Differences between 9–11 year old British Pakistani and White British girls in physical activity and behavior during school recess
1 Physical Activity Laboratory, Department of Anthropology, Durham University, Dawson Building, South Road, Durham, DH1 3LE, UK
2 Centre for Physical Activity and Nutrition Research, Deakin University, Burwood, Australia
BMC Public Health 2012, 12:1087 doi:10.1186/1471-2458-12-1087Published: 18 December 2012
School recess provides an important opportunity for children to engage in physical activity. Previous studies indicate that children and adults of South Asian origin are less active than other ethnic groups in the United Kingdom, but have not investigated whether activity differs within the shared school environment. The aim of this study was to test the hypothesis that British Pakistani girls aged 9–11 years are less active during recess than White British girls.
In Study One, the proportion of recess spent by 137 White British (N = 70) and British Pakistani (N = 67) girls in sedentary behavior, moderate-to-vigorous activity (MVPA) and vigorous activity (VPA) was determined using accelerometry. In Study Two, 86 White British (N = 48) and British Pakistani (N = 38) girls were observed on the playground using the System for Observing Children’s Activity and Relationships during Play (SOCARP). Accelerometry data were collected during observations to allow identification of activities contributing to objectively measured physical activity.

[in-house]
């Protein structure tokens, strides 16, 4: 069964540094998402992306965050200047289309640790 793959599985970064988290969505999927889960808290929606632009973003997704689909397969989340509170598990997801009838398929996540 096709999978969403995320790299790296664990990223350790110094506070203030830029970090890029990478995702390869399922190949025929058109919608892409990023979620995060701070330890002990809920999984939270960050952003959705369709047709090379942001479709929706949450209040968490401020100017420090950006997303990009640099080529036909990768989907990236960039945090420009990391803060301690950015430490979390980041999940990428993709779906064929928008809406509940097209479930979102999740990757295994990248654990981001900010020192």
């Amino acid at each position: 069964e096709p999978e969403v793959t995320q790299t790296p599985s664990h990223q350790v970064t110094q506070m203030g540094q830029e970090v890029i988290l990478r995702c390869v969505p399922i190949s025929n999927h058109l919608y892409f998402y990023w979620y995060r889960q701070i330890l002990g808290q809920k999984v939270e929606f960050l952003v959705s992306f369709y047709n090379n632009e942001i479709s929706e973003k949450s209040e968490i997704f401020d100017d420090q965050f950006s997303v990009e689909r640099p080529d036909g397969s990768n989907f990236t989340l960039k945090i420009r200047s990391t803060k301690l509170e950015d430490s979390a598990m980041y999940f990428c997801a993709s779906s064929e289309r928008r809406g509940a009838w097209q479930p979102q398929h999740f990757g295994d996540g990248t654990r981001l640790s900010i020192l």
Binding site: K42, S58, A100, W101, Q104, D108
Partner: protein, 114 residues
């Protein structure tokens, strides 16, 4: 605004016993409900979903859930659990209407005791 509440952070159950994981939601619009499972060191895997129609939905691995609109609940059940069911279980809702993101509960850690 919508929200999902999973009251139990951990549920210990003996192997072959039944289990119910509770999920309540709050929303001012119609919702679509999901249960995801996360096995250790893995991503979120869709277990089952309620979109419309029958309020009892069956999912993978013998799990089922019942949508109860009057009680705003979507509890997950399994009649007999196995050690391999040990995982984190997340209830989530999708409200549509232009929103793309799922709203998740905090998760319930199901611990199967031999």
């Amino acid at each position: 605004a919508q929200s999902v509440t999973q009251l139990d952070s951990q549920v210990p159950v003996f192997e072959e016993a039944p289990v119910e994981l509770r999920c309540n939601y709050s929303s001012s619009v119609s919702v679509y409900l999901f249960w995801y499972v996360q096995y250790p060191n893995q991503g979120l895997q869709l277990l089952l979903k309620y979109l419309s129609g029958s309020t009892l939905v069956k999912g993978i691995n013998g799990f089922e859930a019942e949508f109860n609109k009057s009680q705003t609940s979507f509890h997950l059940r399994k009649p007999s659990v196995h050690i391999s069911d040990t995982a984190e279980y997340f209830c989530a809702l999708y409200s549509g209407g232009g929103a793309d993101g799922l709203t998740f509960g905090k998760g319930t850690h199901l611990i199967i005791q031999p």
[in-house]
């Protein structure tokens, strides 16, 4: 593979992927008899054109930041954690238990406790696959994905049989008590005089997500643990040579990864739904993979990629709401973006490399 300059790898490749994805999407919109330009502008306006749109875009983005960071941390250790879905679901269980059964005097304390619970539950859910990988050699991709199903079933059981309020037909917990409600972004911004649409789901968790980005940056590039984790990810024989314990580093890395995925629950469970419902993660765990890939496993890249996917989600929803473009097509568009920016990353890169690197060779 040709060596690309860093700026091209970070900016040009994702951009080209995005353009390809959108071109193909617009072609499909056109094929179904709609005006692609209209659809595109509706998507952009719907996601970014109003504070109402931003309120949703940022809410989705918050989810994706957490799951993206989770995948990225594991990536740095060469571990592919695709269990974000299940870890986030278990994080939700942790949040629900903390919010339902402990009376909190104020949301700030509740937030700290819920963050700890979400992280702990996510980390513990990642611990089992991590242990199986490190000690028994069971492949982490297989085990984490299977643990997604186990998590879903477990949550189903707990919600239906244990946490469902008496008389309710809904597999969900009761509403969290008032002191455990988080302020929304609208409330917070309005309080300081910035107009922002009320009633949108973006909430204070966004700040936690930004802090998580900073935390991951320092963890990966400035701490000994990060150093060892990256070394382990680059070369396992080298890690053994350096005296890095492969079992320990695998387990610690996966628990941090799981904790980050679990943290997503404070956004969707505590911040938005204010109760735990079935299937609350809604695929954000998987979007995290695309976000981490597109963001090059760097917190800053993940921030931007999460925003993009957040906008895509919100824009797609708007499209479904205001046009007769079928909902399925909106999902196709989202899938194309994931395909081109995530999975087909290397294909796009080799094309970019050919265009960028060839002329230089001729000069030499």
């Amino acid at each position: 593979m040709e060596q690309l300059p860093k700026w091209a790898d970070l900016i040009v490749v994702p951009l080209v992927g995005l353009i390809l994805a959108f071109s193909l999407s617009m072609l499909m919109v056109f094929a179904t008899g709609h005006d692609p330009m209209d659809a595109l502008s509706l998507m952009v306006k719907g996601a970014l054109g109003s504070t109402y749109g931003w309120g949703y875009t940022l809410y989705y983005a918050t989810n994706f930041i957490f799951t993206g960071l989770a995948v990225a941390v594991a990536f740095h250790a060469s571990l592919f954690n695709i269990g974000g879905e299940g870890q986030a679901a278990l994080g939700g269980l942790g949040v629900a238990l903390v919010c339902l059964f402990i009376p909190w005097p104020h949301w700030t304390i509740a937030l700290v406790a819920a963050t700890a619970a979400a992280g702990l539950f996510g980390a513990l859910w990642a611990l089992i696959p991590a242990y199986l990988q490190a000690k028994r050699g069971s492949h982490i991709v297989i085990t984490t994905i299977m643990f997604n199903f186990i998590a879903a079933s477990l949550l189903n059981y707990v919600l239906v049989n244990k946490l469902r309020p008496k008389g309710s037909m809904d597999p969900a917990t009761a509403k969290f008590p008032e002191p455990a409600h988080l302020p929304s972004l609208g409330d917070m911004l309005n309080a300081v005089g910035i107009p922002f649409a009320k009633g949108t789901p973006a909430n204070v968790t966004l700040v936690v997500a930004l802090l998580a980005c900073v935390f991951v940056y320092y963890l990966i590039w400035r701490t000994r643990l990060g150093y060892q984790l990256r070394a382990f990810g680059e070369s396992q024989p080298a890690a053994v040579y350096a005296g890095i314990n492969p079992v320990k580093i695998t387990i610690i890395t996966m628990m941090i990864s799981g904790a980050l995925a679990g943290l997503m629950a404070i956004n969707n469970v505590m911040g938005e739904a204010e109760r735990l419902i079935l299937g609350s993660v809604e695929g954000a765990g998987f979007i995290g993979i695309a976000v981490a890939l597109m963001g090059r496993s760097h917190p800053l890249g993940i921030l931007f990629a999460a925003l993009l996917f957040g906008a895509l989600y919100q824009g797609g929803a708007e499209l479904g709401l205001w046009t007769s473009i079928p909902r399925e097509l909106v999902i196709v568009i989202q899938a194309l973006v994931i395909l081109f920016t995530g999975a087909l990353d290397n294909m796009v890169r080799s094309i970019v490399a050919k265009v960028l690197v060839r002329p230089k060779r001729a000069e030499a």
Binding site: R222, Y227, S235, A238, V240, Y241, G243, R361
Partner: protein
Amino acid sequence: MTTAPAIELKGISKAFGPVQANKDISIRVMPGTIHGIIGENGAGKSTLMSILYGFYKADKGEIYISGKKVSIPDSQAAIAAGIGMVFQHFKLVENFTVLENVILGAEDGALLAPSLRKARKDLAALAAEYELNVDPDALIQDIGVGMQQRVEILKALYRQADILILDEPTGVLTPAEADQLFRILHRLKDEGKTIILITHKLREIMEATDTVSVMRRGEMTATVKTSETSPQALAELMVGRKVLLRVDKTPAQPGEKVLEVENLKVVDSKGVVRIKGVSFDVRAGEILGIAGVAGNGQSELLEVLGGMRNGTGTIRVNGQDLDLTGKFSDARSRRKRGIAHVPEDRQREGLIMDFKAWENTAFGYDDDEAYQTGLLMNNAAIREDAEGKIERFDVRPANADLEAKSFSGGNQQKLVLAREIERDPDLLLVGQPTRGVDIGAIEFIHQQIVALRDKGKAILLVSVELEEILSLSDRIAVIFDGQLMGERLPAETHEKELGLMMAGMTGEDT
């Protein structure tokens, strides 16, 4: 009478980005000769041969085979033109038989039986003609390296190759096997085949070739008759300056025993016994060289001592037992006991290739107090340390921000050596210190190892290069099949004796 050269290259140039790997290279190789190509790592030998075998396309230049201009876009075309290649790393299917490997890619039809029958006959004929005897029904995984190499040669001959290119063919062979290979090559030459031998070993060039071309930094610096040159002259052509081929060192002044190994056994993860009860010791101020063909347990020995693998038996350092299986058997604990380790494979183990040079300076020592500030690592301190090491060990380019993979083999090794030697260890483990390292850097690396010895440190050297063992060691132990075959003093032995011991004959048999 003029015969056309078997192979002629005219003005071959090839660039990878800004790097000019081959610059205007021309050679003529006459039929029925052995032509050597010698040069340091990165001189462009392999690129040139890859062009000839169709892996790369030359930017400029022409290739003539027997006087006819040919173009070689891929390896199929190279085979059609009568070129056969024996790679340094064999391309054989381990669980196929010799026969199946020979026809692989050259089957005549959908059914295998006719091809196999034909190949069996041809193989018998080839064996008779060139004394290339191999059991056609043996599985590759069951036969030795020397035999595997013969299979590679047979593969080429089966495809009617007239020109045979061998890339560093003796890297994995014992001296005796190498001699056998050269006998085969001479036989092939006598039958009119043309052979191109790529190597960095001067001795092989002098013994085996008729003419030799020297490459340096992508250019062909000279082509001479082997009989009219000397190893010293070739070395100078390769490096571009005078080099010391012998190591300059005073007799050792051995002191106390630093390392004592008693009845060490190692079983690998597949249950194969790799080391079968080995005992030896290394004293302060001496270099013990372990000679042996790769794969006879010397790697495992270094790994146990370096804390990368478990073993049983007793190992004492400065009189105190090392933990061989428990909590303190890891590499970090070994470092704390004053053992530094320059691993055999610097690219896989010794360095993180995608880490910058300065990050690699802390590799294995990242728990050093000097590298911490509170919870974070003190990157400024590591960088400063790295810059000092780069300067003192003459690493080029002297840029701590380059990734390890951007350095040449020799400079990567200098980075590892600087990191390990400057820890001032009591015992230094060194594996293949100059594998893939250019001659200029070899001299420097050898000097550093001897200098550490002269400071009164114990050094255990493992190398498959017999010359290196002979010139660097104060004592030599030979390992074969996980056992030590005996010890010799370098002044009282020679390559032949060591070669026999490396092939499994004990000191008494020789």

Accelerometry data indicated that British Pakistani girls spent 2.2% (95% CI: 0.2, 4.3) less of their total recess time in MVPA and 1.3% (95% CI: 0.2, 2.4) less in VPA than White British girls. Direct observation showed that British Pakistani girls spent 12.0% (95% CI: 2.9, 21.1) less playground time being very active, and 12.3% (95% CI: 1.7, 23.0) less time playing games. Time spent being very active according to direct observation data correlated significantly with accelerometer-assessed time spent in MVPA and VPA, and time spent playing games correlated significantly with accelerometer-assessed time spent in VPA, suggesting that differences in behavior observed in Study Two may have contributed to the differences in time spent in MVPA and VPA in Study One.
British Pakistani girls were less active than White British girls during school recess. Recess has been identified as a potentially important target for the delivery of physical activity interventions; such interventions should consider ways in which the activity levels of British Pakistani girls could be increased.